In addition, while plaintiffs will arguably be made whole regardless of whether the employer or the union pays, it is nevertheless true that if the union pays it may well be utilizing, at least in part, funds collected as dues from the plaintiffs themselves or from members of the plaintiff class. Cf. Patterson v. American Tobacco Co., 535 F.2d 257, 270 (4th Cir.) cert. denied, 429 U.S. 920, 97 S.Ct. 314, 50 L.Ed.2d 286 (1976). The Board argues to us that the indemnity claim should be analogized to an insurance policy which, the Board asserts, would be legal, citing Solo Cup Co. v. Federal Insurance Co., 619 F.2d 1178 (7th Cir.) cert. denied, 449 U.S. 1033, 101 S.Ct. 608, 66 L.Ed.2d 495 (1980) and Union Camp Corp. v. Continental Gas Co., 452 F.Supp. 565 (S.D.Ga.1978). Putting to one side whether a policy insuring against the consequences of sex discrimination would actually be enforceable on these facts, see Willborn, Insurance, Public Policy, and Employment Discrimination, 66 Minn.L.Rev. 1003, 1028-29 (1982), indemnification presents a different issue. Insurance is protection against potential liability which is typically purchased through the paying of premiums. The possibility that premiums may be raised or coverage eliminated because of violations that lead to awards or settlements is a disincentive when a party is contracting for what appears to be a discriminatory agreement. In addition, the payment of premiums by a class of potential wrongdoers spreads the risk among the class, rather than shifting the entire cost onto one or two wrongdoers, which is precisely the effect of the indemnification clause at issue. See Professional Beauty Supply Inc. v. National Beauty Supply, Inc., supra, 594 F.2d at 1186 (approving of contribution, but not indemnification, for violations of federal antitrust law).6
Finally, this court has stated that a party may not indemnify himself against his own willful, reckless or criminal misconduct. Globus v. Law Research Service, Inc., 418 F.2d 1276, 1288 (2d Cir.1979), cert. denied, 397 U.S. 913, 90 S.Ct. 913, 25 L.Ed.2d 93 (1970). While there was no finding below as to the relative intent of the parties to the contract, the logical reason why the contract contained a "hold harmless" clause was because at least one of the parties (probably, the Board) thought that there was a good chance that the pay schedule in the Agreement would be held discriminatory. This seems particularly true here since the "hold harmless" clause appears in the same article of the contract that incorporates the discriminatory pay schedule. To allow the Board to collect from the two unions would be to fully indemnify the Board for what is partly its own wilful misconduct, the effect of which was the commission of a civil wrong against a third person or persons. See Lachman v. Sperry-Sun Well Surveying Co., supra, 457 F.2d at 852. That the Board may have been pressured in accepting the offending pay schedule is not controlling in the absence of duress, which the Board did not allege. We do not at all suggest that the Board is more blameworthy than the unions. Clearly, it is not, at least compared to SEA7. But we are not faced with a claim for contribution, see note 6, supra, but with a claim for full indemnity. As to the latter, the decision of the district judge was correct.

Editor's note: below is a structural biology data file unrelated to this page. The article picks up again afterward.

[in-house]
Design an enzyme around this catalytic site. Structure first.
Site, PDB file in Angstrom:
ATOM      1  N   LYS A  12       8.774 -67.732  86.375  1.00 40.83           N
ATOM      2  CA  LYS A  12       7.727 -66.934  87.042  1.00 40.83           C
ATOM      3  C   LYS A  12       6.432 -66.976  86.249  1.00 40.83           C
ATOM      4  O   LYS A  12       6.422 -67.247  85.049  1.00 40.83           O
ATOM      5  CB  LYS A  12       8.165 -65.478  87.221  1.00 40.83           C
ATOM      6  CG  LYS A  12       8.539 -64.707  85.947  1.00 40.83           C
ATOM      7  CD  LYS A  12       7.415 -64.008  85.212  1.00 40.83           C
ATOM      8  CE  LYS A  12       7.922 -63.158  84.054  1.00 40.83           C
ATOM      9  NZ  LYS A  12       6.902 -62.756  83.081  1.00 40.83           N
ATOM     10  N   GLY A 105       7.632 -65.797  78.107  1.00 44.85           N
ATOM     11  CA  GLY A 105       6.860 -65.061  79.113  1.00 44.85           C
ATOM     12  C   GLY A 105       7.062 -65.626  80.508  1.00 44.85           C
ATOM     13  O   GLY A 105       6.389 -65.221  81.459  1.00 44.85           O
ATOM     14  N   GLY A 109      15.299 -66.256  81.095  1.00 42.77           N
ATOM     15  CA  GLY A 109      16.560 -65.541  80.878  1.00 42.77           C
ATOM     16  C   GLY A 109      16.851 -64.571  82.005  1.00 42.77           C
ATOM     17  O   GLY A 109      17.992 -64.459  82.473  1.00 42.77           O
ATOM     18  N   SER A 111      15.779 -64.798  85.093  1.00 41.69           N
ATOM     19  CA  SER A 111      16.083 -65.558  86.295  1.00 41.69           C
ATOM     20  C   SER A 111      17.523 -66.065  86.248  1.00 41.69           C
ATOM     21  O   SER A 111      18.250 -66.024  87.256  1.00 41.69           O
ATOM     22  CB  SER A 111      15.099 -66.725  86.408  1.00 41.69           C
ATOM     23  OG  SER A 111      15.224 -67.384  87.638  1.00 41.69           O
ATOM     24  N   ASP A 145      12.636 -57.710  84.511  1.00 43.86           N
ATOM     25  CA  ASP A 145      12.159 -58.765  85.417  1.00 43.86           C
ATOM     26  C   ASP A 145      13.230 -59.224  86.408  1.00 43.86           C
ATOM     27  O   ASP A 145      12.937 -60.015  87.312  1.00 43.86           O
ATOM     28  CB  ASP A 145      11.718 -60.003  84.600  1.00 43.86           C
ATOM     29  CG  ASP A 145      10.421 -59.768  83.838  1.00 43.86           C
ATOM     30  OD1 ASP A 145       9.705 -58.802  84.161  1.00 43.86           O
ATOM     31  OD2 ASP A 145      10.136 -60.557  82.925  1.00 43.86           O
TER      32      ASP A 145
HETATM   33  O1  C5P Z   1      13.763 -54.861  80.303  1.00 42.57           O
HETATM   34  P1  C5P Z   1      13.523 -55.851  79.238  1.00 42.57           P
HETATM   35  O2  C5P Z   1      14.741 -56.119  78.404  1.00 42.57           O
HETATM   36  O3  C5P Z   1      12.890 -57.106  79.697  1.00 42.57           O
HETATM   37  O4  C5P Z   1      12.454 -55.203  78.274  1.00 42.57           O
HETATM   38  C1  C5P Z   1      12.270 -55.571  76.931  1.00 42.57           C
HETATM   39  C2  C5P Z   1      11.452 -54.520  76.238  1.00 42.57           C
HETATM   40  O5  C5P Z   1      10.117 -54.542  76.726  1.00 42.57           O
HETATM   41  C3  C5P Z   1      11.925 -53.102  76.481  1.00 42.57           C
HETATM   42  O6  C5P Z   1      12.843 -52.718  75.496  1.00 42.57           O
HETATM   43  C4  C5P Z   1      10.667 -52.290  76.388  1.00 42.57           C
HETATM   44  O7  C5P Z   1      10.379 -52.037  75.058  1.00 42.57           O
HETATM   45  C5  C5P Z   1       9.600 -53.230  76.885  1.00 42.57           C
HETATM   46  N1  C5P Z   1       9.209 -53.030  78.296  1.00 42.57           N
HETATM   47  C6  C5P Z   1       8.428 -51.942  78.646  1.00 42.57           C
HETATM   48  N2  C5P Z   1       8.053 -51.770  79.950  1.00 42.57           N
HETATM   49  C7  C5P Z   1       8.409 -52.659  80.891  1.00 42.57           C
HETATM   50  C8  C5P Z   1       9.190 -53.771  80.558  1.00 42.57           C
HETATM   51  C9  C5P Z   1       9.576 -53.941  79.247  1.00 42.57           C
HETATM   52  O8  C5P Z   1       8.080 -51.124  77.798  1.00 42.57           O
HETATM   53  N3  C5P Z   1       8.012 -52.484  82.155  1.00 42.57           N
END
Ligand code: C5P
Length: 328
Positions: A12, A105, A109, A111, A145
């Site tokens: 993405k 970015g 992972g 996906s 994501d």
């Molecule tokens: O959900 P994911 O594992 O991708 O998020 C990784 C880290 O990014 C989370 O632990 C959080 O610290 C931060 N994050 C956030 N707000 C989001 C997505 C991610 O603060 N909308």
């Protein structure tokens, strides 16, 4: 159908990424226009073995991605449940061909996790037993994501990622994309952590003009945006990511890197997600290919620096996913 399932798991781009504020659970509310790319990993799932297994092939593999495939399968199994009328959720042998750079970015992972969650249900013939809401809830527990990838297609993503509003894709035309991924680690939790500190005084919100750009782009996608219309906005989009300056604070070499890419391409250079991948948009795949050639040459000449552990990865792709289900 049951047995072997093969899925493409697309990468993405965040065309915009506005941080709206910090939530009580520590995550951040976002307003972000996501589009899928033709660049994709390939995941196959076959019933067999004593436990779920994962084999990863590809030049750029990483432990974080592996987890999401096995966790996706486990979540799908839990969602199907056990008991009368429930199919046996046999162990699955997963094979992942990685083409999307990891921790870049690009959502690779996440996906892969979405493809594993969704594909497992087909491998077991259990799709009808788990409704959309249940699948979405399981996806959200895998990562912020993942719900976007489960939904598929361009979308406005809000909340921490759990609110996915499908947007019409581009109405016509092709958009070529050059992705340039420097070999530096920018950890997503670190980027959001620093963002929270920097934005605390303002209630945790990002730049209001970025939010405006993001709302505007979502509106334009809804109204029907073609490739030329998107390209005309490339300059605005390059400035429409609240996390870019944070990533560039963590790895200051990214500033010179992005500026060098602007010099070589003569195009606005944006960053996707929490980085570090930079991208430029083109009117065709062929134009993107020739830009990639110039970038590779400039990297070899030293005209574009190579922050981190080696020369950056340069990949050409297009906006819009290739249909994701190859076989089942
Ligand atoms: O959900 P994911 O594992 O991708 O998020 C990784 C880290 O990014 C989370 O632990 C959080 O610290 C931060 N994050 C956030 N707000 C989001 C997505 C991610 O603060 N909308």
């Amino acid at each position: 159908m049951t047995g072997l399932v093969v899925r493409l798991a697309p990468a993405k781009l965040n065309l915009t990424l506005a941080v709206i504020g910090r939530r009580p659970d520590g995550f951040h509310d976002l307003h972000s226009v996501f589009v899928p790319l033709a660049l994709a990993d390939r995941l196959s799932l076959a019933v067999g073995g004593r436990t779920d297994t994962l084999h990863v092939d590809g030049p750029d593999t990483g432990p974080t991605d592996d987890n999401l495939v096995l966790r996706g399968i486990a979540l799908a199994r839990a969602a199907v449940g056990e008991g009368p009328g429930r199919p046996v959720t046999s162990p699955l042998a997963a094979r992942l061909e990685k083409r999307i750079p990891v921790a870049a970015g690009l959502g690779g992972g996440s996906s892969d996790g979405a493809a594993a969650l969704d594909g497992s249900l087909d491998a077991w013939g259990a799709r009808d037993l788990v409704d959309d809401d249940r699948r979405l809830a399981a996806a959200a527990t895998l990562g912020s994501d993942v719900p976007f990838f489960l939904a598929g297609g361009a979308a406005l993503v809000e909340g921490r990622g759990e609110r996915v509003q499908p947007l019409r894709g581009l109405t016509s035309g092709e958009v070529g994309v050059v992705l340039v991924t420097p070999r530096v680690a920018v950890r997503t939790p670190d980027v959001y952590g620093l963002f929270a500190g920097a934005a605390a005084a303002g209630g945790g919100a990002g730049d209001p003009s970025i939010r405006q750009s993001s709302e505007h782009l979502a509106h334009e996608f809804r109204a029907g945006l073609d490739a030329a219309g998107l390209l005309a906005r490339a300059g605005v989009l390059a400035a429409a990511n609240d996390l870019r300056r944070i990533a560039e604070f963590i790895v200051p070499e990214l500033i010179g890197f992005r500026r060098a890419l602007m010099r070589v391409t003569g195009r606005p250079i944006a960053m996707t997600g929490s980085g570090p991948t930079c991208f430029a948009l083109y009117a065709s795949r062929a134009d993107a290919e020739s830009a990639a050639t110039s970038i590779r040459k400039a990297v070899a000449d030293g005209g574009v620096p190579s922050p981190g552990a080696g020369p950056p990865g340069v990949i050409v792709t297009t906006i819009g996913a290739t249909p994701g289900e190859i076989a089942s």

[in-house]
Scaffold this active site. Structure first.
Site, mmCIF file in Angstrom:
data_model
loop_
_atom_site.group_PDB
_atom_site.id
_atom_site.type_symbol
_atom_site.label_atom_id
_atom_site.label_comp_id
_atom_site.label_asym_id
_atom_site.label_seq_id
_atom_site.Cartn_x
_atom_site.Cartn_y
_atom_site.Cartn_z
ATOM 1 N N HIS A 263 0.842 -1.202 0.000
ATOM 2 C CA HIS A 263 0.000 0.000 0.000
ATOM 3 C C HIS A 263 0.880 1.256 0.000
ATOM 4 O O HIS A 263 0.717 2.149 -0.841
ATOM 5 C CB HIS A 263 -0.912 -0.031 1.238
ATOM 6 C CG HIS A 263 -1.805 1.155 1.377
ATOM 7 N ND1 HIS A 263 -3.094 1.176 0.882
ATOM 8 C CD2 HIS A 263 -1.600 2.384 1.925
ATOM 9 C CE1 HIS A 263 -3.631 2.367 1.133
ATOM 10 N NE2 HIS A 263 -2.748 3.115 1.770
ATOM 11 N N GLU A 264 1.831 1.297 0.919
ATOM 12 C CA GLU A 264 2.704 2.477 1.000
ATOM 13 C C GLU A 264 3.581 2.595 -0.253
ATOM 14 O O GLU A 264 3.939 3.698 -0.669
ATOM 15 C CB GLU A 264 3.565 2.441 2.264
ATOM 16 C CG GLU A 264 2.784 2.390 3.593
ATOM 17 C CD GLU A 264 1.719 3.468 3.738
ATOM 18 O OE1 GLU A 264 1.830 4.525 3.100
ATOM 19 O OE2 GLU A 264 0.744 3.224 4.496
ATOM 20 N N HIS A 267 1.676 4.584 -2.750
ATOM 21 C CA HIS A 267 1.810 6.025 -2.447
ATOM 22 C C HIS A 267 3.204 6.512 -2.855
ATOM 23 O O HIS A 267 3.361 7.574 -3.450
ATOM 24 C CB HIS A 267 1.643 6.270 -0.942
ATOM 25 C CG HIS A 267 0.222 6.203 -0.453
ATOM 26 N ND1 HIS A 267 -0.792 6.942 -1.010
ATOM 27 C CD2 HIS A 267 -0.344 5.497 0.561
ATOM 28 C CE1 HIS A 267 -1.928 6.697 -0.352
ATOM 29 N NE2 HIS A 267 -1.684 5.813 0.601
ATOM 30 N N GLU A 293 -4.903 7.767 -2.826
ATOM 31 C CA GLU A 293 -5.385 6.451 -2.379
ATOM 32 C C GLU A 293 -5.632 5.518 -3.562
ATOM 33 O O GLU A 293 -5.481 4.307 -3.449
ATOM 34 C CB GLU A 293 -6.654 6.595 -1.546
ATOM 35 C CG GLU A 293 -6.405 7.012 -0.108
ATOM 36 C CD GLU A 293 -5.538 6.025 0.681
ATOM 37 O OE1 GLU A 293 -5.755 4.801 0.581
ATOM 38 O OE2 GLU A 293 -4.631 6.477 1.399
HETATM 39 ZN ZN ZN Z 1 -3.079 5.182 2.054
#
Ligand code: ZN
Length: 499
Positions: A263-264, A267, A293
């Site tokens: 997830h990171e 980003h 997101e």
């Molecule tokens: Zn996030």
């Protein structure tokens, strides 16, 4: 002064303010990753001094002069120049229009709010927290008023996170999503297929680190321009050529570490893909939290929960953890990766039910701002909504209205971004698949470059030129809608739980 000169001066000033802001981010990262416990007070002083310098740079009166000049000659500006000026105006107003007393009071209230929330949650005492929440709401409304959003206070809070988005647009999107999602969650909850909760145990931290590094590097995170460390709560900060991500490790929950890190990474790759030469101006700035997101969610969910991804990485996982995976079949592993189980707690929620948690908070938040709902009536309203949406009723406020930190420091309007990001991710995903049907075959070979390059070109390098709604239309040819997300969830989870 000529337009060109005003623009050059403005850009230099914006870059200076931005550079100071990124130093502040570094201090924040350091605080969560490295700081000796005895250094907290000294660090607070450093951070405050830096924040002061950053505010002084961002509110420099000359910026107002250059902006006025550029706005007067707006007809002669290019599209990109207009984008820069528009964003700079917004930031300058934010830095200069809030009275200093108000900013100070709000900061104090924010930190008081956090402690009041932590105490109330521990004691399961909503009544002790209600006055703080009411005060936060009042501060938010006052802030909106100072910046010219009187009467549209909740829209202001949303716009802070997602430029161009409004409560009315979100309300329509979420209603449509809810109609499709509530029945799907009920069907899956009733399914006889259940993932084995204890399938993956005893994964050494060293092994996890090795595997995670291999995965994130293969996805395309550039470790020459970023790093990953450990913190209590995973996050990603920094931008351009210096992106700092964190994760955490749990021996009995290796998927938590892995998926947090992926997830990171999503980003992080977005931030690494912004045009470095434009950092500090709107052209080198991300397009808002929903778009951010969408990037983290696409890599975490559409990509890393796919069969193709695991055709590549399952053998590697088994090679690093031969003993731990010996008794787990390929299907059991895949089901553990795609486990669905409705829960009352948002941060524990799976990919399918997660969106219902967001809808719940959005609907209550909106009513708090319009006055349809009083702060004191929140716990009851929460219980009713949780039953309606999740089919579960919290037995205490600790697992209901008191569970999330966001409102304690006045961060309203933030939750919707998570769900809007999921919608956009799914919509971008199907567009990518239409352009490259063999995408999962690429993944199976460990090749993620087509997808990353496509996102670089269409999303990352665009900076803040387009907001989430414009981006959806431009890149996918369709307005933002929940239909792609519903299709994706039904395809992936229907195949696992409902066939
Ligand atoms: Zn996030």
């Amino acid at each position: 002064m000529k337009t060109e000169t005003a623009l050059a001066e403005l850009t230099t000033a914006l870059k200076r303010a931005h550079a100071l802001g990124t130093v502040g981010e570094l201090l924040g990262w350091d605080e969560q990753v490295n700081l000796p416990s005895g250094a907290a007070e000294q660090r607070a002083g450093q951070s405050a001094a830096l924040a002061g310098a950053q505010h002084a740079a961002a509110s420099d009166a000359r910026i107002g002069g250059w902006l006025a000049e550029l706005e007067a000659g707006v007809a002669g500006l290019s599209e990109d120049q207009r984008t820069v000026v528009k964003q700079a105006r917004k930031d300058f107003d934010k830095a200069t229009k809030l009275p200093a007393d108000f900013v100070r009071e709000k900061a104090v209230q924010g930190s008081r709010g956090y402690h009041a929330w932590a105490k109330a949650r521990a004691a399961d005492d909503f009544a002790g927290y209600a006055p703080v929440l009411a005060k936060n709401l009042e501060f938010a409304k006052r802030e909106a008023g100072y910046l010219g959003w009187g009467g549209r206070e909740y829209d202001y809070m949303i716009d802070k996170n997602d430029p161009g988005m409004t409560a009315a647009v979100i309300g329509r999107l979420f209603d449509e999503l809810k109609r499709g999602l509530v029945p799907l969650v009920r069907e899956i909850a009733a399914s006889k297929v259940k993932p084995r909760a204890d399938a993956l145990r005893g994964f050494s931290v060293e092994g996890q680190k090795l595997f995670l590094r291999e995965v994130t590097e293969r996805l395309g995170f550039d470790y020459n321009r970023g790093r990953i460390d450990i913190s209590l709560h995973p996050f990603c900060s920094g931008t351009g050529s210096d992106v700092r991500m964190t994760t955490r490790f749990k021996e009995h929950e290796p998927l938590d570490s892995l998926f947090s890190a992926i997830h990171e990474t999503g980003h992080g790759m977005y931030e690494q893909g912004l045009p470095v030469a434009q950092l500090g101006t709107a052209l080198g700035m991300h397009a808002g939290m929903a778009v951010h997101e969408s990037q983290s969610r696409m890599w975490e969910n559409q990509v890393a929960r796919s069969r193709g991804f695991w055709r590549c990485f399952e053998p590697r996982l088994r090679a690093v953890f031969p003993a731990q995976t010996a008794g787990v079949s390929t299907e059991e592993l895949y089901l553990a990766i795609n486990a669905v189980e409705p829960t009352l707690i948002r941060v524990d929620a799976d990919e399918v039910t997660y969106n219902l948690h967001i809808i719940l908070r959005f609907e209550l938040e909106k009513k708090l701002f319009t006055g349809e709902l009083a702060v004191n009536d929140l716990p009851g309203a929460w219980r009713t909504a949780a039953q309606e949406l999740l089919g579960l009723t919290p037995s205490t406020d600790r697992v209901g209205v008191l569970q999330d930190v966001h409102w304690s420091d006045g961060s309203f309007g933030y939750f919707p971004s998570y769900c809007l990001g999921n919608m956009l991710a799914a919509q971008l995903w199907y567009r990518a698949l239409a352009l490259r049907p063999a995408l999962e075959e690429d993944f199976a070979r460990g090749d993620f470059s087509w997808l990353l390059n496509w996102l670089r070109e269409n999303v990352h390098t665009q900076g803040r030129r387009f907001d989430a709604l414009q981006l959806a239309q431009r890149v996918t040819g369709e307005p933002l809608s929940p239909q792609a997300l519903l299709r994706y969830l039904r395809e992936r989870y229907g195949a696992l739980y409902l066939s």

We affirm the judgment of the district court.
Honorable William C. Conner, United States District Judge for the Southern District of New York, by designation
Article 4B of the Agreement states:
B. Extra pay for extra-curricular activities shall be as set forth in Appendix "B" which is attached hereto and made a part of this Agreement. The SEA agrees to hold the Board harmless for any and all judgments, costs and fees involved in defending any claim against the Board based on any claimed sex discrimination.